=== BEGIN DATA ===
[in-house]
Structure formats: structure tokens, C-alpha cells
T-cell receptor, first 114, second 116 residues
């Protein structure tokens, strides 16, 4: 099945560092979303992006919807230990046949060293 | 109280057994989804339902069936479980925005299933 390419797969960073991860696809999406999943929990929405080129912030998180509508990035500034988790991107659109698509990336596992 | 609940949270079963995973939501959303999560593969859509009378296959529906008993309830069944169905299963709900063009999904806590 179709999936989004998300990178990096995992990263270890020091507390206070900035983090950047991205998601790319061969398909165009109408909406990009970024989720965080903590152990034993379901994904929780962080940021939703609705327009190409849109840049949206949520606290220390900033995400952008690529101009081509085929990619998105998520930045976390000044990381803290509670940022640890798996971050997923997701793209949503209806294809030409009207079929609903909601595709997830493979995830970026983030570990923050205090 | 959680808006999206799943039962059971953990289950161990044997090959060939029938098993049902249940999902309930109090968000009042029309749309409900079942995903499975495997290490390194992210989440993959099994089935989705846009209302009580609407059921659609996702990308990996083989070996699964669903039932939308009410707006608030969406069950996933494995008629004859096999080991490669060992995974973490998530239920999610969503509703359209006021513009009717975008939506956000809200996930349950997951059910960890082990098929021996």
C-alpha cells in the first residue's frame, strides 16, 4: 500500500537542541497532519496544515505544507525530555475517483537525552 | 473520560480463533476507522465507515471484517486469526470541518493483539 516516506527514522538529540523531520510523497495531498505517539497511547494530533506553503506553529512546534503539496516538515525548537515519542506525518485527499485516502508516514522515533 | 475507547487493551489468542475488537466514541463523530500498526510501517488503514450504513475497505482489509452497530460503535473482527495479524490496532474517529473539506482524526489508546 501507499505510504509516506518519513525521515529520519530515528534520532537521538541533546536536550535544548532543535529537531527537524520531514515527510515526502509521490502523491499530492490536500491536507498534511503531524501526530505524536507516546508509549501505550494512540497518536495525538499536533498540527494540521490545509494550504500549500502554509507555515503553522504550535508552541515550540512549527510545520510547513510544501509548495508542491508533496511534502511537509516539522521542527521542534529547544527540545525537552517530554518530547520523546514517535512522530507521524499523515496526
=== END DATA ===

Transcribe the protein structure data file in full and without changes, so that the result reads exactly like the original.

[in-house]
Structure formats: structure tokens, C-alpha cells
T-cell receptor, first 114, second 116 residues
């Protein structure tokens, strides 16, 4: 099945560092979303992006919807230990046949060293 | 109280057994989804339902069936479980925005299933 390419797969960073991860696809999406999943929990929405080129912030998180509508990035500034988790991107659109698509990336596992 | 609940949270079963995973939501959303999560593969859509009378296959529906008993309830069944169905299963709900063009999904806590 179709999936989004998300990178990096995992990263270890020091507390206070900035983090950047991205998601790319061969398909165009109408909406990009970024989720965080903590152990034993379901994904929780962080940021939703609705327009190409849109840049949206949520606290220390900033995400952008690529101009081509085929990619998105998520930045976390000044990381803290509670940022640890798996971050997923997701793209949503209806294809030409009207079929609903909601595709997830493979995830970026983030570990923050205090 | 959680808006999206799943039962059971953990289950161990044997090959060939029938098993049902249940999902309930109090968000009042029309749309409900079942995903499975495997290490390194992210989440993959099994089935989705846009209302009580609407059921659609996702990308990996083989070996699964669903039932939308009410707006608030969406069950996933494995008629004859096999080991490669060992995974973490998530239920999610969503509703359209006021513009009717975008939506956000809200996930349950997951059910960890082990098929021996």
C-alpha cells in the first residue's frame, strides 16, 4: 500500500537542541497532519496544515505544507525530555475517483537525552 | 473520560480463533476507522465507515471484517486469526470541518493483539 516516506527514522538529540523531520510523497495531498505517539497511547494530533506553503506553529512546534503539496516538515525548537515519542506525518485527499485516502508516514522515533 | 475507547487493551489468542475488537466514541463523530500498526510501517488503514450504513475497505482489509452497530460503535473482527495479524490496532474517529473539506482524526489508546 501507499505510504509516506518519513525521515529520519530515528534520532537521538541533546536536550535544548532543535529537531527537524520531514515527510515526502509521490502523491499530492490536500491536507498534511503531524501526530505524536507516546508509549501505550494512540497518536495525538499536533498540527494540521490545509494550504500549500502554509507555515503553522504550535508552541515550540512549527510545520510547513510544501509548495508542491508533496511534502511537509516539522521542527521542534529547544527540545525537552517530554518530547520523546514517535512522530507521524499523515496526